*σ*Premise parameter of the membership function

Mapping function

## SUBSCRIPTS

## INTRODUCTION

Produced water is brine wastewater which is produced during oil and gas process (Veil *et al.* 2004). This water contains different impurities, including salts, mineral ions, heavy metals, organics, hydrocarbons and other contaminants (Abousnina *et al.* 2015). The management of produced water is highly important and can play an essential role for preventing environmental pollution. The most commercial methods for desalination are distillation, membrane and reverse osmosis processes (Khawaji *et al.* 2008).

Although distillation is a common technology, it is too expensive due to the consumption of a large amount of heat energy for the vaporization of water. The application of reverse osmosis in the reuse of the municipal wastewater effluent has dramatically increased over the past decade and can compete with thermal distillation that uses membranes and pressure for water desalination (Zhu *et al.* 2015). Another attractive process for water treatment is freezing, which is still under development and has not been applied commercially (Han *et al.* 2017).

The hydrate-based desalination process was introduced in the 1940s and has been fully considered since 1960 (Veil *et al.* 2004; Khawaji *et al.* 2008; Abousnina *et al.* 2015). Hydrate formation can eliminate water impurities because of the hydrate chemical structure. When hydrate is formed, clean water is obtained after dissociating the hydrate particles (Cha & Seol 2013). Gas hydrate technology is still under development, but after commercialization, it can be an inexpensive option for the conventional membrane and thermal desalination processes which are applied for water treatment (Ghalavand *et al.* 2015).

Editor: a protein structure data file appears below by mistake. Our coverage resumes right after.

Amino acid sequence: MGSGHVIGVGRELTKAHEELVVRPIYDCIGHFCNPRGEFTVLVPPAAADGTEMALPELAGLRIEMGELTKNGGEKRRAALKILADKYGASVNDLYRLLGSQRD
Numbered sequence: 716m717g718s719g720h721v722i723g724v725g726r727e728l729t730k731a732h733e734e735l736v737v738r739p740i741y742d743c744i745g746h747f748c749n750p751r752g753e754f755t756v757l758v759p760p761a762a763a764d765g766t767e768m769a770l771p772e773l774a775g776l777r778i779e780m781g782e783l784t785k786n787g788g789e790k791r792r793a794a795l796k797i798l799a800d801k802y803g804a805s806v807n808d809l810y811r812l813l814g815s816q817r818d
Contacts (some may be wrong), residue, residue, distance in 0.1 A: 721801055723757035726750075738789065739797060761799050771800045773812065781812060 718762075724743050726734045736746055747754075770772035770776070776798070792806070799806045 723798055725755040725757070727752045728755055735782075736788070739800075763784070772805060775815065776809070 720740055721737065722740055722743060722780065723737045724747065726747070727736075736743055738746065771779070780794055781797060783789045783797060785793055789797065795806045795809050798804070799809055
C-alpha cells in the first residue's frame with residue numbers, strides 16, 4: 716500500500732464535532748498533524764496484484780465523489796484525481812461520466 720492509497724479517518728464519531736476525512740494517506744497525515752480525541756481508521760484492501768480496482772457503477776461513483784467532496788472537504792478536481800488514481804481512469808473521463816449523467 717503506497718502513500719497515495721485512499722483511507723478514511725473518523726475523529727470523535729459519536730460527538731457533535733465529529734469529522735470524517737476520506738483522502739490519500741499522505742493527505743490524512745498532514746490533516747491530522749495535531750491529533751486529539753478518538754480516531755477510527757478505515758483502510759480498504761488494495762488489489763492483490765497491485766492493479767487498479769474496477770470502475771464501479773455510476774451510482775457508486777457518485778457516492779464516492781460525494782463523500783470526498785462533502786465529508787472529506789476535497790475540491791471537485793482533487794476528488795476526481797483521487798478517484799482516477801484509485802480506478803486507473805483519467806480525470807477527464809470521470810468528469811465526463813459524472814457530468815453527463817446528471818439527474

Only a few studies have been focused on the application of hydrate formation for the desalination of produced water (Cha & Seol 2013; Fakharian *et al.* 2017a, 2017b). Cha & Seol (2013) proposed cyclopentane and cyclohexane as secondary hydrate guests to reduce the temperature in a desalination process of produced water. Fakharian *et al.* (2017a, 2017b) introduced CO_{2} and compressed natural gas (CNG) hydrate formers for reducing the salinity of produced water through the hydrate-based desalination treatment process.

Due to the complexity of water treatment processes and the limitation of traditional physics-based models (Heddam *et al.* 2012; Wei 2013), artificial intelligence techniques and data-driven approaches have been proposed in recent years to simulate the water treatment process (Heddam *et al.* 2012; Araromi *et al.* 2018; Nadiri *et al.* 2018). The main advantage of artificial intelligence-based models is the capability of these techniques for modeling the complicated processes without any need for detailed information from the studied systems (Sadi & Shahrabadi 2018).

Wei (2013) proposed an improved dynamic neural network model to predict the total suspended solids as one of the major water pollutants that cause deterioration of the water quality. Jing *et al.* (2018) utilized a fuzzy inference system technique to study the removal of polycyclic aromatic hydrocarbons from offshore produced water through an ozonation process. Araromi *et al.* (2018) applied the adaptive neuro-fuzzy inference system (ANFIS) and the generalized linear model technique to simulate a biological wastewater treatment process.